No matter how intense the action is, there’s always a moment when you need to put your protagonists into context. You need to give a backstory, a description of where they came from, and what their life was like in the past.
It’s difficult to weave backstory into the fabric of a story without losing momentum.
One way to create backstory is to use a flashback, a moment when the protagonist remembers past events.
As we’ve seen in the examples above, descriptions are powerful when they’re tied to sensory experiences. This strategy can work magic in flashbacks.
Here is a flashback in Beautiful Lies:
It takes only a moment to bring myself back to my childhood completely. I can close my eyes and be overcome with the sense memories of my youth. The aromas from my mother’s kitchen, the scent of Old Spice and rainwater on my father when he returned from work in the evenings, my cold fingers because my father’s body temperature always ran hot and the house, as a consequence, always cold. I can hear my parents laughing or singing, sometimes arguing, and later outright yelling when things really started to go wrong.
The aromas, the sounds, the body sensations – everything works together here to paint a multi-layered picture of the hero’s life as a child. But it’s not a static description. You get a sense of gathering doom, of the Undertoad lurking.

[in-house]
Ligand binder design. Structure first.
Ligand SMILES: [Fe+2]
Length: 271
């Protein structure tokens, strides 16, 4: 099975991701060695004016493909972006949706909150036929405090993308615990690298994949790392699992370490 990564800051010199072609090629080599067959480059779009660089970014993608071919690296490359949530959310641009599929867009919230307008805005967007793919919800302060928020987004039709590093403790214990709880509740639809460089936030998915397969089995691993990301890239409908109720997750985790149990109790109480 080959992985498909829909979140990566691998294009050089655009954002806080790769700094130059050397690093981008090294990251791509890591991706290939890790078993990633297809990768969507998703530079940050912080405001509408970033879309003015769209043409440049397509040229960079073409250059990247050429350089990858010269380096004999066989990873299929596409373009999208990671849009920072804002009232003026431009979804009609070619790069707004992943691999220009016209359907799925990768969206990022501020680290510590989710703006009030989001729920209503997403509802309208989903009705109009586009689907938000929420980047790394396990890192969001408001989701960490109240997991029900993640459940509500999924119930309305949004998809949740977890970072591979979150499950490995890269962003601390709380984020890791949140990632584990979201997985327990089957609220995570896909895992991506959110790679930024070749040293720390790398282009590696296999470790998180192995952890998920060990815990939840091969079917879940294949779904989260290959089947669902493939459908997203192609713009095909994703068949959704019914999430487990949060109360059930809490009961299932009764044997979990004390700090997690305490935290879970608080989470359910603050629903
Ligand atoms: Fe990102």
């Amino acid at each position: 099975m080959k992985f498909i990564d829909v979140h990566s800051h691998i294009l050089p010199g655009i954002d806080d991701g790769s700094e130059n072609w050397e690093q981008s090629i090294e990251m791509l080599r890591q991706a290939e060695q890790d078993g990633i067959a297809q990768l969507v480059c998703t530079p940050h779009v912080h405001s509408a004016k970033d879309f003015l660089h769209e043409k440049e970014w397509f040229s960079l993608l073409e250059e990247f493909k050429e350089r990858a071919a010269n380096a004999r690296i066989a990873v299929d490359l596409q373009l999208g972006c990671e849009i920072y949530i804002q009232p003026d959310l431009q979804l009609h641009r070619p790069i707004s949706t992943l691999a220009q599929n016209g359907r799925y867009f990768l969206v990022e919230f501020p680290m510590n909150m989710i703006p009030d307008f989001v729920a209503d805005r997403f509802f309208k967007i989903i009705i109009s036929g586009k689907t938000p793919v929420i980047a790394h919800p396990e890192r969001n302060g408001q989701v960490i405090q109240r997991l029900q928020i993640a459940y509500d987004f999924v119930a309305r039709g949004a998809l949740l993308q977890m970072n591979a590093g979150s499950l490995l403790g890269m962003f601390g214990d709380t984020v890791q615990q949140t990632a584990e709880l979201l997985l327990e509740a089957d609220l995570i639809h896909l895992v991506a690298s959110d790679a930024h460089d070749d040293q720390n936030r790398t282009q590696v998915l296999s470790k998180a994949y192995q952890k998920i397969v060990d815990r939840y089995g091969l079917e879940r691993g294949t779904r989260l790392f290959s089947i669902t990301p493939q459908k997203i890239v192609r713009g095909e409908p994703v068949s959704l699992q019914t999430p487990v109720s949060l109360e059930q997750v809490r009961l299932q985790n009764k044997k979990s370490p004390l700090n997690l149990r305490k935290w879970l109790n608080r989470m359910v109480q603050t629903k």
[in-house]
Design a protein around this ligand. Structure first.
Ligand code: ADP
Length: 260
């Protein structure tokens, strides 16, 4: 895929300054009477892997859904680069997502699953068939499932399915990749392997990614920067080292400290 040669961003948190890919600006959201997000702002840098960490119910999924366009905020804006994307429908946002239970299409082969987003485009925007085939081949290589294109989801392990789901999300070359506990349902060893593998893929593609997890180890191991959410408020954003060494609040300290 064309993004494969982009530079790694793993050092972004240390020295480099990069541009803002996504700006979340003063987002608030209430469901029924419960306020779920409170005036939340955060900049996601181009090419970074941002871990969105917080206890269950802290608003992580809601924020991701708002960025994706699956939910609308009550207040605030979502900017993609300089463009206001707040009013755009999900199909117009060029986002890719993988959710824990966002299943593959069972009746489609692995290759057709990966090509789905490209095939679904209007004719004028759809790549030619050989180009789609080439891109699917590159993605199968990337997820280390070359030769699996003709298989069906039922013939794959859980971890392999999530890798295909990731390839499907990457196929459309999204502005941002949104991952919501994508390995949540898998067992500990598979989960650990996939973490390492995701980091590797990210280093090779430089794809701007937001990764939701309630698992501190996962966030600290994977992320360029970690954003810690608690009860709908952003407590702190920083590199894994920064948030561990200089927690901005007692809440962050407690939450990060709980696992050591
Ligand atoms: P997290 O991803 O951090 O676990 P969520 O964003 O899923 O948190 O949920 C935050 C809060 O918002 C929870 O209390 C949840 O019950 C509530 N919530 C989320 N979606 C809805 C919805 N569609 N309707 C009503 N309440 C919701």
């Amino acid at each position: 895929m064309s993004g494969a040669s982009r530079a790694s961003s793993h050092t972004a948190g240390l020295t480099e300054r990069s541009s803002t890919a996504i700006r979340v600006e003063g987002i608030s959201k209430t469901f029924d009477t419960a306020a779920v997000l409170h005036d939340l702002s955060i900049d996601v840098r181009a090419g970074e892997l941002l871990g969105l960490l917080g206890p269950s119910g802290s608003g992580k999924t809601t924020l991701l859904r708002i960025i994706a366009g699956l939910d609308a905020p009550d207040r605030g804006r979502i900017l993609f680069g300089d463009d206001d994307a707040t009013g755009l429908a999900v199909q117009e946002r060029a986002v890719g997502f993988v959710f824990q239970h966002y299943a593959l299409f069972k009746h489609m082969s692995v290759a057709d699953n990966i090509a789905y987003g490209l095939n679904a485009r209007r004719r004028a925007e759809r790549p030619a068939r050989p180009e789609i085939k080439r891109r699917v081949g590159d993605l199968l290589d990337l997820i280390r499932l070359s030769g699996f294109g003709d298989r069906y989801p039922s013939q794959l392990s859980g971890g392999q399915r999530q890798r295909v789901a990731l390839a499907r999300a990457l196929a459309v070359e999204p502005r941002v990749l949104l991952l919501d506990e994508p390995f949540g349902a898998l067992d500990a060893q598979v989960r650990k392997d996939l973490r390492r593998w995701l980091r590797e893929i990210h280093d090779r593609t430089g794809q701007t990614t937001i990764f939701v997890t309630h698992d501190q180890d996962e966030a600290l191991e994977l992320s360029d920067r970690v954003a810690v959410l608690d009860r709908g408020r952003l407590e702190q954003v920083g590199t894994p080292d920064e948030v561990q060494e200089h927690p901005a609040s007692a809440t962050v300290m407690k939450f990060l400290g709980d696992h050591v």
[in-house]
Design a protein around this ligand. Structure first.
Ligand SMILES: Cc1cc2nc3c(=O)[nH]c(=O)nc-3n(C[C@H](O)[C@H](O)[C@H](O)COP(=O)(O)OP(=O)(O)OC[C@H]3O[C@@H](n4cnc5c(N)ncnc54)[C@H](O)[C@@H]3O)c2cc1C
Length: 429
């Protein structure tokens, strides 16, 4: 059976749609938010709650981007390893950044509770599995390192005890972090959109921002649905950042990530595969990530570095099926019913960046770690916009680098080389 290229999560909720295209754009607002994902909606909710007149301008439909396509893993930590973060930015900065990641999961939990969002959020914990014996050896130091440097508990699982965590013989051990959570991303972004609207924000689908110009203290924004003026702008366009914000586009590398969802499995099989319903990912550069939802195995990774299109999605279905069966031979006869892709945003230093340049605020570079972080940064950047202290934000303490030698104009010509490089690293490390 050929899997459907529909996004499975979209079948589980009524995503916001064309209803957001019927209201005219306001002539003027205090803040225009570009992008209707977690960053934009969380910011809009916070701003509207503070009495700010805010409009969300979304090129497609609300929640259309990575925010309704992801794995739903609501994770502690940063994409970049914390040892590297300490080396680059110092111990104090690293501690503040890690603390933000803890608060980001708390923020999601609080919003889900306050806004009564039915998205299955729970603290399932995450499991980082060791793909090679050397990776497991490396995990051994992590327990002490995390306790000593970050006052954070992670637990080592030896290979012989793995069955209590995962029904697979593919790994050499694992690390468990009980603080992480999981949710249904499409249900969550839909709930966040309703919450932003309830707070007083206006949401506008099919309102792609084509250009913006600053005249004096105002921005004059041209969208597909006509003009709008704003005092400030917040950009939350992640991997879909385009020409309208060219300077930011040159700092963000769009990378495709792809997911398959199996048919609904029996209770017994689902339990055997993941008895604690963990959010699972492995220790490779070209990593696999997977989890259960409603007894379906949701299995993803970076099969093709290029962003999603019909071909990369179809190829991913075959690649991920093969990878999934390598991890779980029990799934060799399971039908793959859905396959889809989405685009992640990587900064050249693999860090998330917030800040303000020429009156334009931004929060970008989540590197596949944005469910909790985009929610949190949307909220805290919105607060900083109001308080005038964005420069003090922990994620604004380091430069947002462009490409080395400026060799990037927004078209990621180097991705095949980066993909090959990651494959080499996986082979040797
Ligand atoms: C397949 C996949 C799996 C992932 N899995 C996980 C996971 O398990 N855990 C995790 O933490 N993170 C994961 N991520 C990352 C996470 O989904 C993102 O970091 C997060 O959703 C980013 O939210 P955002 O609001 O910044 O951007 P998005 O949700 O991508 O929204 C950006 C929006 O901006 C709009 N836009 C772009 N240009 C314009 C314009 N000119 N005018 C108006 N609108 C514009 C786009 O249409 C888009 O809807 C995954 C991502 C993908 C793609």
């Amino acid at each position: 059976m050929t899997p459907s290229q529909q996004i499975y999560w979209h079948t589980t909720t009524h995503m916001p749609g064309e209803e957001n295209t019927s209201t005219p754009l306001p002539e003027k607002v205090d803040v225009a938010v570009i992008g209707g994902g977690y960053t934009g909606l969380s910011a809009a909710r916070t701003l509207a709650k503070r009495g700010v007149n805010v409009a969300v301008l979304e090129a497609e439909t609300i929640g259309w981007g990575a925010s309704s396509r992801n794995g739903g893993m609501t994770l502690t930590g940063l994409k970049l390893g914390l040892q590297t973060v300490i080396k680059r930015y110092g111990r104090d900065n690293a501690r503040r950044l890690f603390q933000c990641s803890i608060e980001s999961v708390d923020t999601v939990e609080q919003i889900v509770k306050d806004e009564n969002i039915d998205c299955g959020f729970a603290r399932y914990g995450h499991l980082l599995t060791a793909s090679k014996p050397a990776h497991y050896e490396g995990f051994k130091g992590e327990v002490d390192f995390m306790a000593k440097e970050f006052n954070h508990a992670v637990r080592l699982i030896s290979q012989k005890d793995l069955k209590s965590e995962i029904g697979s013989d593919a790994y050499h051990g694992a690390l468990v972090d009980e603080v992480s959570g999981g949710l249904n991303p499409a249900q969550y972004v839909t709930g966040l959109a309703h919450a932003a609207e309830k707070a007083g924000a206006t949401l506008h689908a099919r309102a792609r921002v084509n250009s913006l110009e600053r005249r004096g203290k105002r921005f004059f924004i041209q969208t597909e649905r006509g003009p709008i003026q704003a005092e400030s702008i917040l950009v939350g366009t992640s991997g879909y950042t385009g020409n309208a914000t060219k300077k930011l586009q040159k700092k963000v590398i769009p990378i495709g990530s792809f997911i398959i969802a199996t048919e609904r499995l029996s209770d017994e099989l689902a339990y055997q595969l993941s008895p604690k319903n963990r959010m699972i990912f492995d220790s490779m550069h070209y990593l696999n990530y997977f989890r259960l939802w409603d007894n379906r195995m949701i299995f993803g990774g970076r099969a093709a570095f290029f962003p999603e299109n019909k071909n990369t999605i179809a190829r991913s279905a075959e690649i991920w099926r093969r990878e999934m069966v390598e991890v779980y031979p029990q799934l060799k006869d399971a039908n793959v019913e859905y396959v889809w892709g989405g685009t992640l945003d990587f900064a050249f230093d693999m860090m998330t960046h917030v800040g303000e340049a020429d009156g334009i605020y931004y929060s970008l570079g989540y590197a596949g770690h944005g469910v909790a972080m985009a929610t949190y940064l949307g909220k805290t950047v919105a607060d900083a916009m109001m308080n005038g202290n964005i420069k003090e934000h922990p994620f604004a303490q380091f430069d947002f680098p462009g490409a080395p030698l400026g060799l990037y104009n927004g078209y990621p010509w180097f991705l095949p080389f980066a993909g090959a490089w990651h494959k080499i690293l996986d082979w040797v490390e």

Bringing it all together
As you can see in the examples I’ve chosen, dynamic descriptions can propel a story forward, instead of stalling it. They also add atmosphere to your story. Let’s recap:
Dynamic descriptions have three hallmarks:
Focus on one or two senses.
When descriptions focus on a single sense, they come to life. This means that we need to determine a particular sensory focus for each description. In some of the examples above, seeing was the main channel of experience. In others, it was hearing or smelling.
Add emotion to the context.
A description devoid of emotional meaning has no impact on the reader. Tweet this! Descriptions that drive the story forward need an emotional component. A useful question you can ask is: ‘What do my protagonists feel, as they see/hear/sense/smell/taste this?’
Reveal the Undertoad.
In the context of descriptions, the Undertoad is what lurks beneath the present reality. Like in Lisa Unger’s description (“He shook his head again, that mingling of longing and regret and something else I just couldn’t put my finger on.”), a dynamic description manages to intimate the presence of gathering doom.
As you can see, it’s important to get a handle on dynamic descriptions, whether you write fiction or non-fiction. They bring stories to life.
Let’s have a conversation…
Make sure you read some more about how to craft descriptions (with some riotous examples) in the first article of my series: How to Write Better: 7 Instant Fixes.
About the author:
Mary Jaksch is the Chief Editor of Write to Done. She has developed the path-breaking Blog Success Forecaster, a tool to help bloggers find out the future of their blog. (It includes sneaky ways to tweak your blog to set it firmly on the road to success.)